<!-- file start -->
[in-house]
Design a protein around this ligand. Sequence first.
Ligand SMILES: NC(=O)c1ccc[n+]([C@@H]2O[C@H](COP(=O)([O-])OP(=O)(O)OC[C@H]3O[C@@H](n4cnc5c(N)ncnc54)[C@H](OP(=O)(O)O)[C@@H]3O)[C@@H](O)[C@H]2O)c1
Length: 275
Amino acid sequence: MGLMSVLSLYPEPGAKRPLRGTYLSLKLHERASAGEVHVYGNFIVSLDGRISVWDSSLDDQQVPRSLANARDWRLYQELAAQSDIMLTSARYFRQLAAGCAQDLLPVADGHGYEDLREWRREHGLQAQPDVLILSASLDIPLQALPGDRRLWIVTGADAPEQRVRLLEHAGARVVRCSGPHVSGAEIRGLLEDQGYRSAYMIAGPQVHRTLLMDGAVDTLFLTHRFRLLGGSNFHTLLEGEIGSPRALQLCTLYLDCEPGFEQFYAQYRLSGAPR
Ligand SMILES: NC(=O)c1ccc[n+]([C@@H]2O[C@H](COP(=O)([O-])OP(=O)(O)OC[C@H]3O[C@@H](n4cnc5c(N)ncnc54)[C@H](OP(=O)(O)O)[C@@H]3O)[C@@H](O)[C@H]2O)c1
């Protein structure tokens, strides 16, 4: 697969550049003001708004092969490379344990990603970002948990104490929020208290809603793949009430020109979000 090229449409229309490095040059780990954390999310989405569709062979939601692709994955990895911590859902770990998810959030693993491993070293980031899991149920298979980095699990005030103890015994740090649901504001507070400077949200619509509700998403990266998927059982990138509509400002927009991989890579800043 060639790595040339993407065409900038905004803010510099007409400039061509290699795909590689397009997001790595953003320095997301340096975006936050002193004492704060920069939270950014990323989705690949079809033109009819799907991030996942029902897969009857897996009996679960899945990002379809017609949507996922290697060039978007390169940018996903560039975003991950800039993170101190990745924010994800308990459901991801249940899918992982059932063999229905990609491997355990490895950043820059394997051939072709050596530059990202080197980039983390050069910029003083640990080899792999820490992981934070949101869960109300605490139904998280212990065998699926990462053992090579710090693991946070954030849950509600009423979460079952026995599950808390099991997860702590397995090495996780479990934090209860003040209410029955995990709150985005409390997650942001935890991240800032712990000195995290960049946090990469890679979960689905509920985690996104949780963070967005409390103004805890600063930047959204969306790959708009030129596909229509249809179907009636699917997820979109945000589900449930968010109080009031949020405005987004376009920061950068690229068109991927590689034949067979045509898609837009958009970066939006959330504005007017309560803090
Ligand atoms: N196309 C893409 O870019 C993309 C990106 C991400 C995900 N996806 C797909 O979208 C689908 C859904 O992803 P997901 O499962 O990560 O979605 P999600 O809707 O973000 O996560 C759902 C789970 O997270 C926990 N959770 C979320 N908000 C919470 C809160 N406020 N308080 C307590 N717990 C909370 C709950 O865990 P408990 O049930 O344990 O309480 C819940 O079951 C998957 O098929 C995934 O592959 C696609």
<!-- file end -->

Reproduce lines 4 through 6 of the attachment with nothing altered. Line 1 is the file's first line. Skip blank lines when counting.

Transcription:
Length: 275
Amino acid sequence: MGLMSVLSLYPEPGAKRPLRGTYLSLKLHERASAGEVHVYGNFIVSLDGRISVWDSSLDDQQVPRSLANARDWRLYQELAAQSDIMLTSARYFRQLAAGCAQDLLPVADGHGYEDLREWRREHGLQAQPDVLILSASLDIPLQALPGDRRLWIVTGADAPEQRVRLLEHAGARVVRCSGPHVSGAEIRGLLEDQGYRSAYMIAGPQVHRTLLMDGAVDTLFLTHRFRLLGGSNFHTLLEGEIGSPRALQLCTLYLDCEPGFEQFYAQYRLSGAPR
Ligand SMILES: NC(=O)c1ccc[n+]([C@@H]2O[C@H](COP(=O)([O-])OP(=O)(O)OC[C@H]3O[C@@H](n4cnc5c(N)ncnc54)[C@H](OP(=O)(O)O)[C@@H]3O)[C@@H](O)[C@H]2O)c1